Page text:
May 10, 2013
Momentum to update the nation’s antiquated email privacy laws is again coursing through the Capitol — and this time, movement is coming from the right.
Republicans have been increasingly attaching their names to reforming the Electronic Communications Privacy Act — an issue where Democrats have traditionally taken the lead.
Four Republican congressmen introduced a pair of bills this week that would require government investigators to score a warrant before obtaining someone’s email content. Arizona Reps. Matt Salmon and Trent Franks are partnering on a House version of ECPA reform; Kansas Rep. Kevin Yoder and Georgia Rep. Tom Graves are teaming up on the Email Privacy Act.
Both bills are companion measures to legislation from Sens. Patrick Leahy (D-Vt.) and Mike Lee (R-Utah) that cleared the Senate Judiciary Committee last month. Leahy has long been pushing to update the rules. This week’s Republican bills were an exclamation point after Lee officially signed on to Leahy’s push and Republican Rep. Ted Poe of Texas joined an ECPA reform measure by California Democratic Rep. Zoe Lofgren.
The growing support among lawmakers is easy to understand: The public doesn’t want it to be any easier for law enforcement to snoop through their emails. It’s fundamentally a Fourth Amendment issue, which guards against unreasonable searches and seizures — allowing Republicans to operate from their perch as constitutional defenders.
And it’s allowed some lawmakers to hold the IRS — never a GOP favorite — accountable. The agency made a manual public last month that said the agency could access emails older than six months without a warrant. The current federal statute allows agencies to use a subpoena to get a look at emails older than 180 days — but IRS news got the attention of lawmakers.
“That’s what prompted me,” Salmon told POLITICO. “When the IRS came out and said that they believe they can go into private people’s mails and, especially after 180 days — it’s fair game to go in and snoop, I take umbrage with that; I think most people would. That really is what prompted me to introduce the legislation.”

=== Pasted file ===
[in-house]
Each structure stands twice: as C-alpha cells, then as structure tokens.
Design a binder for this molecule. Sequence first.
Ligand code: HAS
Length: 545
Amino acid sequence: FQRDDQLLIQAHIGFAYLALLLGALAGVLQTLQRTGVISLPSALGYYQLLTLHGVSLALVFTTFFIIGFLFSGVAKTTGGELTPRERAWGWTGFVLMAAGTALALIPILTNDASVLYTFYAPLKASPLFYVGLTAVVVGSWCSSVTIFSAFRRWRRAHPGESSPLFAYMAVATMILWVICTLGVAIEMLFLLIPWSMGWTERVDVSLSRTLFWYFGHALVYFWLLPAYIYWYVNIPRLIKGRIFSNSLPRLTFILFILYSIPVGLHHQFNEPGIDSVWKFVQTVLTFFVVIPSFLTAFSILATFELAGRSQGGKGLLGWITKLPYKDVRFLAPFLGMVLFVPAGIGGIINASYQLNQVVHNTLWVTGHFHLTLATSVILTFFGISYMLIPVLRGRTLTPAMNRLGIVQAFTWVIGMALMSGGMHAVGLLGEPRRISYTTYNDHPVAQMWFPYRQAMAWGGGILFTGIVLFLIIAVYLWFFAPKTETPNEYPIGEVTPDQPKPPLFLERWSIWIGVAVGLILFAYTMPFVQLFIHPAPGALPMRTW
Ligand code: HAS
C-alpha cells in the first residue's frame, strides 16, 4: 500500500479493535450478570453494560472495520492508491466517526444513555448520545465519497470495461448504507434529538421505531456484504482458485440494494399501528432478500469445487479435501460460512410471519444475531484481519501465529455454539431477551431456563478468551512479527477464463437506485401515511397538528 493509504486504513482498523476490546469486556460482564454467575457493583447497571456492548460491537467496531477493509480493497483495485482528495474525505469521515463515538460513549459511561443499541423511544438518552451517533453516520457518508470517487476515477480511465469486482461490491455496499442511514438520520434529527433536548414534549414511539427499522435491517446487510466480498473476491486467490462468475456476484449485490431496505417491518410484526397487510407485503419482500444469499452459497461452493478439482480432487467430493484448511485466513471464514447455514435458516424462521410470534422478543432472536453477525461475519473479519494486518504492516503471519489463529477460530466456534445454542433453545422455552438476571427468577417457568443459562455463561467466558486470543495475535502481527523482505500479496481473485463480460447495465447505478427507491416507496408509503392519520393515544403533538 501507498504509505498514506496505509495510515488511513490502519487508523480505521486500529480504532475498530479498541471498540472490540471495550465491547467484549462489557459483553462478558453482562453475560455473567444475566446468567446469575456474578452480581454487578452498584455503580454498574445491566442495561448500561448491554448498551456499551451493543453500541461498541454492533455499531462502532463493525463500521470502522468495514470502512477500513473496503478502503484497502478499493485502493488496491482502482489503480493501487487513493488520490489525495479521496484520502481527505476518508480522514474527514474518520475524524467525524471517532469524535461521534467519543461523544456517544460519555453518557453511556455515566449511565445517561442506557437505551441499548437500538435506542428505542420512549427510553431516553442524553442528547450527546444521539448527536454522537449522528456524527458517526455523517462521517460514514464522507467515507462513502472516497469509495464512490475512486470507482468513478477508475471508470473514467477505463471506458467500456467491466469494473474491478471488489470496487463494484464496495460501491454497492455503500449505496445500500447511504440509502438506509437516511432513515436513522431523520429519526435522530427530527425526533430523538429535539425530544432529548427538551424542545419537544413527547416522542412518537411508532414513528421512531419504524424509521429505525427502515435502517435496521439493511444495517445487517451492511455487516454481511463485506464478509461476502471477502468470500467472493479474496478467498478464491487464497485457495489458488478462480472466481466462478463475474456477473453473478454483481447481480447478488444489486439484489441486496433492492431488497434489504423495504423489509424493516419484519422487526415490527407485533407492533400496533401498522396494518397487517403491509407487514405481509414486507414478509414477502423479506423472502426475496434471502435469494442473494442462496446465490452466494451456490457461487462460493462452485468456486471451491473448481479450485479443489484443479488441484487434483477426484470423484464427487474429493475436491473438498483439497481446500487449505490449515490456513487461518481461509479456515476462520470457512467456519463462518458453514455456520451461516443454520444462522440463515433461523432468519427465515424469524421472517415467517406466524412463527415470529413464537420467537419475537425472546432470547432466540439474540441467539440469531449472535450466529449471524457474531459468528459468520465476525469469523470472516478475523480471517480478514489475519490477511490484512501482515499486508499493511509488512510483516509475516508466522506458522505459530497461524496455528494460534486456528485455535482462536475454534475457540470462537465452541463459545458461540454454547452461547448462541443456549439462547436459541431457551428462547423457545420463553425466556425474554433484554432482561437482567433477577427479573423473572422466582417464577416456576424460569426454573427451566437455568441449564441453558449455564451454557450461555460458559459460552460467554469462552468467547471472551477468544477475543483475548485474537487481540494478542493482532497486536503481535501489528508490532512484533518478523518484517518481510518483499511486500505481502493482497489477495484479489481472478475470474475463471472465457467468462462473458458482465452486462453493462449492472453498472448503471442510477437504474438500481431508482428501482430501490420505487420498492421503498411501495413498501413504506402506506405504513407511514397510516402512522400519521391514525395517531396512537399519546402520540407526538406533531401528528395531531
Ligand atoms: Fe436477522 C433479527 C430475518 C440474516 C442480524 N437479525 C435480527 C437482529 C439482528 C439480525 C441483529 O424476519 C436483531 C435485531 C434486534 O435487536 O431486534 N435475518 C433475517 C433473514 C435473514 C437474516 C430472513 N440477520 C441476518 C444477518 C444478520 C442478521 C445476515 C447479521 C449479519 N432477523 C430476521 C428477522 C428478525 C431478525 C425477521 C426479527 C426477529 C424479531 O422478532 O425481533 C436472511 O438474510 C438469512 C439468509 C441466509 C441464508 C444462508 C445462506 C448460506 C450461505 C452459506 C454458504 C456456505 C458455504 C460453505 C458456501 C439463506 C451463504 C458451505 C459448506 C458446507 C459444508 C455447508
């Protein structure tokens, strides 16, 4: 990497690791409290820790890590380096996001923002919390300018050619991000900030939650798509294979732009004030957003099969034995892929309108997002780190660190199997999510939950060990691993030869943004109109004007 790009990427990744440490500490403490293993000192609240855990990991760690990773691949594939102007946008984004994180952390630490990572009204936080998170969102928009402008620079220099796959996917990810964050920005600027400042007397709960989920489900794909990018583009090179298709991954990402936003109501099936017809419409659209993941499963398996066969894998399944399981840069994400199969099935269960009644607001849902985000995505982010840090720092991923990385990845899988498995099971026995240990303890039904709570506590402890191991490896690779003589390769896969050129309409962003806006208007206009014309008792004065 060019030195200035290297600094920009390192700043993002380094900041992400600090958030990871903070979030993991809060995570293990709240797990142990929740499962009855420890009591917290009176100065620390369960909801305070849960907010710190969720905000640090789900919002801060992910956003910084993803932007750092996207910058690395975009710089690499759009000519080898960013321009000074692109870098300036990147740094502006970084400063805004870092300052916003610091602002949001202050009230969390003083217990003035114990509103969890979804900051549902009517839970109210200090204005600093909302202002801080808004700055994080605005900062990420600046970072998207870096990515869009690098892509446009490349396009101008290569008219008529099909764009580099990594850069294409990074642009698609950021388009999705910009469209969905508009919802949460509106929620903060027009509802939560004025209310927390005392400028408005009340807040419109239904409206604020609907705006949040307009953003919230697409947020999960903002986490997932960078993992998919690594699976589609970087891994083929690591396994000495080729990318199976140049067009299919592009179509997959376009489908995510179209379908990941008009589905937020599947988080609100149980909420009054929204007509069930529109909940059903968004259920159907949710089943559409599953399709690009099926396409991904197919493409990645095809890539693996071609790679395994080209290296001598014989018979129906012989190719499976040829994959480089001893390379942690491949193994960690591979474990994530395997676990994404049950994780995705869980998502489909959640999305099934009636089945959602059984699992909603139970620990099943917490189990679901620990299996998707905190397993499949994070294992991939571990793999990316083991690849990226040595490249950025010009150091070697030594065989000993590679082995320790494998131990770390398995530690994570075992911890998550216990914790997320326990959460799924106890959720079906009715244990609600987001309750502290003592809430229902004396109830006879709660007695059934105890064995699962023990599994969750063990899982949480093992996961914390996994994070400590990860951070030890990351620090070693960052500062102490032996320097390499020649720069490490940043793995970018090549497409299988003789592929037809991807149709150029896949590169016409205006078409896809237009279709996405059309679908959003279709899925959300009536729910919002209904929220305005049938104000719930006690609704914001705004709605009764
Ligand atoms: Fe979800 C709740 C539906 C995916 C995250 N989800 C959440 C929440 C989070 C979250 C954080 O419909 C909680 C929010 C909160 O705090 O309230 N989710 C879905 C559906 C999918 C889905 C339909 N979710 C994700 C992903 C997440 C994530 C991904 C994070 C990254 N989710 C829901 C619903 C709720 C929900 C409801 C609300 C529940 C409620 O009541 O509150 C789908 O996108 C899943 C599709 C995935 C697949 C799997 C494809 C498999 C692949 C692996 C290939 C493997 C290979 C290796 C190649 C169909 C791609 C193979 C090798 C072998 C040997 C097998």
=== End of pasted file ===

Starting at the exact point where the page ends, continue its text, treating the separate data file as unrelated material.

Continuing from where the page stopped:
GOP support has beefed up on the advocacy side as well. Americans for Tax Reform has pressed on the issue for a while, but it took a more prominent stance earlier this year when it became a founding member of Digital 4th, a group that’s promoting an ECPA update and trying to get more lawmakers from both sides of the aisle on board. The Heritage Foundation’s advocacy arm joined that group soon after.
“We see this as [a] Fourth Amendment issue that should be bipartisan,” ATR federal affairs manager Katie McAuliffe said, adding that the prevalence of technology policy talk in recent years has brought the issue to the forefront. “It’s an extension of constitutional law, and that’s something that conservatives can really get behind.”
Republican House Judiciary Chairman Bob Goodlatte of Virginia and crime subcommittee leader Jim Sensenbrenner (Wis.) are, at least at a high level, on board with reform and have talked increasingly about making the issue a priority this year — although they may differ a bit on how to proceed.
House Judiciary held a key hearing in March on email privacy (and another last month on a related location privacy issue) where law enforcement representatives made news by saying that the warrant requirement proposal floated on the Hill had “considerable merit” — even as they also outlined a number of other ECPA changes they want to see that would help investigators do their job.
Those desires — like figuring out what to do for civil regulatory agencies that don’t have warrant authority or building in rules for how long digital communications providers have to keep data — remain the big questions on an issue that no longer seems as controversial. At Senate Judiciary’s markup, for example, Republican and Democrats alike voiced concern about the civil regulator issue in particular.
Any of those carve-outs or other tweaks, though, would still need to come legislatively, as they aren’t really included in the Leahy-Lee bill cleared by the Senate or the companions floated by the Republicans this week. It’s not clear whether Senate Judiciary Committee members — which cleared the bill on a voice vote — would withhold yes votes on the Senate floor if changes weren’t made.
For the time being, proponents — including the House Republicans who got involved this week — are keen to keep things simple and focus on installing the probable cause warrant rule.
“We want to protect American citizens from an overreaching federal government who just has a hunch, or a notion — or whatever,” Graves said.